A recent Publishers Weekly story highlighted some of the innovative work that many university presses are undertaking: video marketing.
By Elyse Turr
San Francisco, here we come. Oxford is excited for the upcoming annual conference of the American Society for Environmental History in San Francisco this week: 12-16 March 2014. The theme of the conference is “Crossing Divides,” reflecting the mixed history of the discipline and California itself.
By Annabel Coles
After months of planning, preparation and final presentation run-throughs, I stood at the front of Seminar Room 3 within the State Library of Victoria, looking across the tables carefully decorated with our OUP goody bags and name placards. It was 8:30 in the morning and I was ready to meet my first librarians from “Down Under”.
With our blog audience growing, so is our team! Julia Callaway joined the OUPblog family in November 2013 as our New York-based Deputy Editor and Social Media Coordinator here at Oxford University Press.
Compiled by Jonathan Kroberger
Our publicity department spends all week long talking about our books and occasionally they find it hard to stop talking about them when out and about. Here on the blog we’re going to be featuring some of the facts they can be heard recounting outside of the office from some of our current books.
What does your bookshelf say about you? When you work in publishing, you tend to bypass the traditional gifts of chocolate and flowers and aim an arrow straight for the heart — with books. Here are a few staff recommendations on books for the people you love.
By Anne Ziebart
As a marketer you spend a lot of time hidden behind your screen. At least it feels like that sometimes. Conferences and the occasional external meeting offer a welcome excuse to step into the picture and finally meet the people you market to. So I was excited when there was talk of setting up regionally focussed “library advisory councils”, and a German-speaking was one under consideration.
By Miriam Higgins
My friends always ask me: what do you do all day?!
Well, every day Bethan, new manager Guy, and I make sure orders for music are present and correct to be sent around the world. We also update the website, look at which titles need re-engraving next, work with our agents (who are worldwide), and answer customer enquiries either over the phone or by email.
Today is National Libraries Day in the United Kingdom, and hundreds of activities and events are taking place in public libraries of all shapes and sizes — from the multi-million pound Library of Birmingham, to the tiniest local libraries run by volunteers — in order to celebrate our wonderful librarians, and the libraries they run. To celebrate National Libraries Day, we asked a few of our staff what they love about public libraries.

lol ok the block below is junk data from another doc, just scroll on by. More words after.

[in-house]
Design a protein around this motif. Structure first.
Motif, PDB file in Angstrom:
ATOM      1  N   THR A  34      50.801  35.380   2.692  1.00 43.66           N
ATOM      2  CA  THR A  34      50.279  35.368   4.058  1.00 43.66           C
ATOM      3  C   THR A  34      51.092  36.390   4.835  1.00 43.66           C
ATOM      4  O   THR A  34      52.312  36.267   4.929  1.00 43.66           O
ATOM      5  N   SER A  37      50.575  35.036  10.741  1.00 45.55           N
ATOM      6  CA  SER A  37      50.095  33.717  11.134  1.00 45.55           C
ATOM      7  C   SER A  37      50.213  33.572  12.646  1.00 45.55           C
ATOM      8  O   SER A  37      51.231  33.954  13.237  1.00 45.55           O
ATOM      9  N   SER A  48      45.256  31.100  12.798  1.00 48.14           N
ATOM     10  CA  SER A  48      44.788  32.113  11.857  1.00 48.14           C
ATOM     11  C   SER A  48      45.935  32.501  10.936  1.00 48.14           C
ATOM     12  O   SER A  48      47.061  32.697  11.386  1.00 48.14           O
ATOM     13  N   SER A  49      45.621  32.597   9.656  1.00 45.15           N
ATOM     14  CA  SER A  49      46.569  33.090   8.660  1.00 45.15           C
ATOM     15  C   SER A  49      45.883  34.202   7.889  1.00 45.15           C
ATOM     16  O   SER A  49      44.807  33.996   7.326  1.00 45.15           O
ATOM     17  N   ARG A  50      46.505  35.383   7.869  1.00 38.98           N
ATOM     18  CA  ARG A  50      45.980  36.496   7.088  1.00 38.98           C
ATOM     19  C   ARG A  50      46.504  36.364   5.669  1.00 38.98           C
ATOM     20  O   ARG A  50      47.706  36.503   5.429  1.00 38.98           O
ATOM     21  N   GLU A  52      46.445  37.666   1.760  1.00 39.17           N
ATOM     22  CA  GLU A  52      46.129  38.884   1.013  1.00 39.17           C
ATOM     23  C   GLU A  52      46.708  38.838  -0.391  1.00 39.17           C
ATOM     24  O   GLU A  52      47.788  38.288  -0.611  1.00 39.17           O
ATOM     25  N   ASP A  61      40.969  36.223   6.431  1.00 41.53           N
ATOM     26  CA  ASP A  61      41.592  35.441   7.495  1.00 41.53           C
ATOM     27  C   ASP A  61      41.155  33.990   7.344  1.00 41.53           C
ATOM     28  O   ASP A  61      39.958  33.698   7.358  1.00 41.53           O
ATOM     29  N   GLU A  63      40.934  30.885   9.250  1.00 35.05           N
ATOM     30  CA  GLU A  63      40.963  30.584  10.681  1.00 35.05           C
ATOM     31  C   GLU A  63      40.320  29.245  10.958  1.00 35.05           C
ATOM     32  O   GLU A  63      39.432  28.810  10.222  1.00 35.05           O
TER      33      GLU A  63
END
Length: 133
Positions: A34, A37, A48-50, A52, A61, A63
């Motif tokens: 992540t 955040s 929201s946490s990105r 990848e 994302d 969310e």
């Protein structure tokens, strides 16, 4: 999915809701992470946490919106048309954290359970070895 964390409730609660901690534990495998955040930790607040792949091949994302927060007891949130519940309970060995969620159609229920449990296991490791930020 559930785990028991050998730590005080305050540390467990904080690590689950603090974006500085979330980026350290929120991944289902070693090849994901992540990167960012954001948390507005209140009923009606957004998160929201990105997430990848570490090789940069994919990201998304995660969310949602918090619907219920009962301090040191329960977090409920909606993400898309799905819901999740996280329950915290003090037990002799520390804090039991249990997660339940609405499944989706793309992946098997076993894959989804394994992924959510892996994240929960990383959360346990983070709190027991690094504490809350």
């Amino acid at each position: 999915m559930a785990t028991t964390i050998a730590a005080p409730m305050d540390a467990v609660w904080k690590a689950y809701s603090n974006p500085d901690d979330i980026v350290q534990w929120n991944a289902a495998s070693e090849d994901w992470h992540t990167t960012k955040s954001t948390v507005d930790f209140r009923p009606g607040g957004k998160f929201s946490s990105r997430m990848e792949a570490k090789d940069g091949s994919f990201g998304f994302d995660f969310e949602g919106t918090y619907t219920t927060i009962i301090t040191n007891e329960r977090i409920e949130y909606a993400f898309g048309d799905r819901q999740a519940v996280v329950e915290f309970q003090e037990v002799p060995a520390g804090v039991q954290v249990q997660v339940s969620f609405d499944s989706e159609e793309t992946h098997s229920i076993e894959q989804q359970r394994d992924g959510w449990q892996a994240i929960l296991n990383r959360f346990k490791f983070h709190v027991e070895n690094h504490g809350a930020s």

By Rebecca Lane
As an English graduate, publishing seemed a natural choice when I started my job hunt. However, I little thought I would one day be commissioning Oxford Companions and Oxford Paperback Reference books — two series that helped me immensely during my studies.
In an effort to get to know our Oxford University Press staff better, we are featuring Q&A’s filled out by our staff in different offices. Read on for our Q&A with Stuart Roberts, editorial assistant for our religion and theology Academic/Trade books in New York.
By John Louth
One of the questions we are asked most frequently as university press editors is whether and how our work has changed to accommodate digital publishing. That can be taken to refer to a wide range of changes, but if we mean the digital publication of scholarly monographs, the answer, thankfully, is “not much”.
Compiled by Taylor Coe
After reflecting on music that they were thankful for a few weeks ago, we have now asked Oxford University Press staffers to share music that reminds them of the New Year.
By Sinead O’Connor
As 2013 draws to a close, we take the time to ask ourselves, “What does the coming year hold?” At this year’s Annual Meeting, the Association of American Law Schools asks attendees a similar question, “What does the future hold for legal education?”
By Ellie Collins
Thomas Pynchon may have a reputation for writing dense and difficult novels, but Bleeding Edge is something of a page-turner: a thought-provoking thriller. The novel follows Maxine Tarnow, a smart-talking, rogue fraud investigator with a pistol in her purse, and is set somewhere between New York in 2001, leading up to the events of 9/11, and the Deep Web – the dark, buried underworld of the internet, teeming with hackers, code-writers, criminals, and lost souls. Maxine’s investigations lead her into a series of fraught and disorienting encounters with a billionaire CEO, secret agents, drug-dealers, a man with a supernatural sense of smell, and a foot fetishist (amongst others), against a backdrop of weird parties, karaoke joints, a haunted hotel, an offshore waste disposal depot with its ‘luminous canyon walls of garbage’, and the unnerving virtual reality of DeepArcher – an online world, or program. Bleeding Edge melds strange coincidence, conspiracy, and the obtusely unexplained into a brilliant and far-reaching narrative that has stayed with me long after reading.
‘Tis the season for gift guides and round-ups, so our US Publicity team took a quick break from pitching the OUP front list to reflect on their year in reading…